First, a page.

Up a steep hill

Steve Jones wrote about denial of science in the Telegraph the other day.

Anyone, of course, is free to believe whatever they wish. But why train to become a biologist, or a doctor, when you deny the very foundations of your subject? For a biology student to refuse to accept the fact of evolution is equivalent to choosing to do a degree in English without believing in grammar, or in physics with a rooted objection to gravity: it makes no sense at all. The same is true for doctors. How can you put a body right with no idea as to why it is liable to go wrong?

I suppose the idea is that you do it by following the instructions, with no need for actual understanding. Lots of people apparently don’t care all that much about real understanding…though that could be just because they haven’t learned to care about it. It can be taught, after all.

The problem is not with any particular belief system but with belief itself.

Belief understood as “faith”; not reasoned belief but belief as obedience; not belief based on understanding but belief in what you’ve been told by authorities.

I sometimes wonder how many of those who pour their inane opinions about creationism into their young pupils’ ears ever consider the damage they are doing; not to my science, but to their religion. Why, when a student begins to learn the simple and convincing facts, rather than the fantasies, about how life emerged, should he believe anything else that his pastor, his rabbi or his imam has told him? Why build a philosophy based on fixed untruths, when we have so many truths, and so many things still to find out?

The growing tide of fact‑denial is a statement of failure, not by students but by their teachers, up to and including those at university level. We do our best, I think, but faced with schools or faith groups that get their   ignorance in first, we seem to be fighting a losing battle.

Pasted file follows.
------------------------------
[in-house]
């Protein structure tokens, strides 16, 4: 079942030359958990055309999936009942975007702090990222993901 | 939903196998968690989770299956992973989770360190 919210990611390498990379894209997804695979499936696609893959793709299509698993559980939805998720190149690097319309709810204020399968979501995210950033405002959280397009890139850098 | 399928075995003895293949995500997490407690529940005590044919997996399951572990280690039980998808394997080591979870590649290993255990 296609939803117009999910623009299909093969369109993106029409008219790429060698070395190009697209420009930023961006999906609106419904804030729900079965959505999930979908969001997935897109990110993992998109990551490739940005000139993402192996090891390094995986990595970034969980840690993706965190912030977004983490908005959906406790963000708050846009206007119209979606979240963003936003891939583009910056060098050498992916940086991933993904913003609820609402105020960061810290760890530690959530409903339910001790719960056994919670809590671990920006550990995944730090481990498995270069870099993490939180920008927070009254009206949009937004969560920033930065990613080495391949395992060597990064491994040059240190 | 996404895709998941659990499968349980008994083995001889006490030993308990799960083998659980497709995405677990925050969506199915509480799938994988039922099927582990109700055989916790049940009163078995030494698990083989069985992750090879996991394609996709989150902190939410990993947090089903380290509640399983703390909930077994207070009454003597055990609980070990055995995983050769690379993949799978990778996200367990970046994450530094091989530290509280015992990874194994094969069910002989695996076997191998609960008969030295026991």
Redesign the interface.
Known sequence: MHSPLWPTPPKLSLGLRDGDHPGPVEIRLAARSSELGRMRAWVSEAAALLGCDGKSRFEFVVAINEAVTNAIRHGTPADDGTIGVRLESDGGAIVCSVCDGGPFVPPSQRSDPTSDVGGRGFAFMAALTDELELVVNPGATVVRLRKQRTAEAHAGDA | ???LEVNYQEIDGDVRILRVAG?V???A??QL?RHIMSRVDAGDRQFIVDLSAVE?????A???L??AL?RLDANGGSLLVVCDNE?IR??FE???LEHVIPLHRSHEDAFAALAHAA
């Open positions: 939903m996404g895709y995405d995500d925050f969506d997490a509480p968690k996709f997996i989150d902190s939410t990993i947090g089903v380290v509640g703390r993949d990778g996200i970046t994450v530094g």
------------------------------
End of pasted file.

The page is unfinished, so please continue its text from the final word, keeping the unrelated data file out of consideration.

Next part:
And the schools and faith groups in question think it’s a virtue to get their ignorance in first, which is why the battle is so hard to win.


  1. Jeff Sherry says

    And the churches know this well, give us the young minds and have the children come unto us.

  2. says

    And the schools and faith groups in question think it’s a virtue to get their ignorance in first, which is why the battle is so hard to win.

    And in Britain* the gov’t is very generous in helping them to get their ignorance in first by funding faith based schools, therefore becoming complicit in the teaching of that ignorance to impressionable children.

    Now doesn’t that just make you wanna pound your head against your desk sometimes?

    * In the part of Canada where I reside catholic schools are also gov’t funded. Now, their form of ignorance isn’t based in evolution denial. Oh no. Their more evolved than that, you see. Instead they won’t permit students to organize gay-straight alliances in an effort to support their bullied GLBT classmates. And I’ve been told that some schools won’t allow kids to wear costumes on Halloween because it’s all a pagan superstitious practice. They’re particularly opposed to zombie costumes, apparently. I kid you not.


  3. Pteryxx says

    I suppose the idea is that you do it by following the instructions, with no need for actual understanding.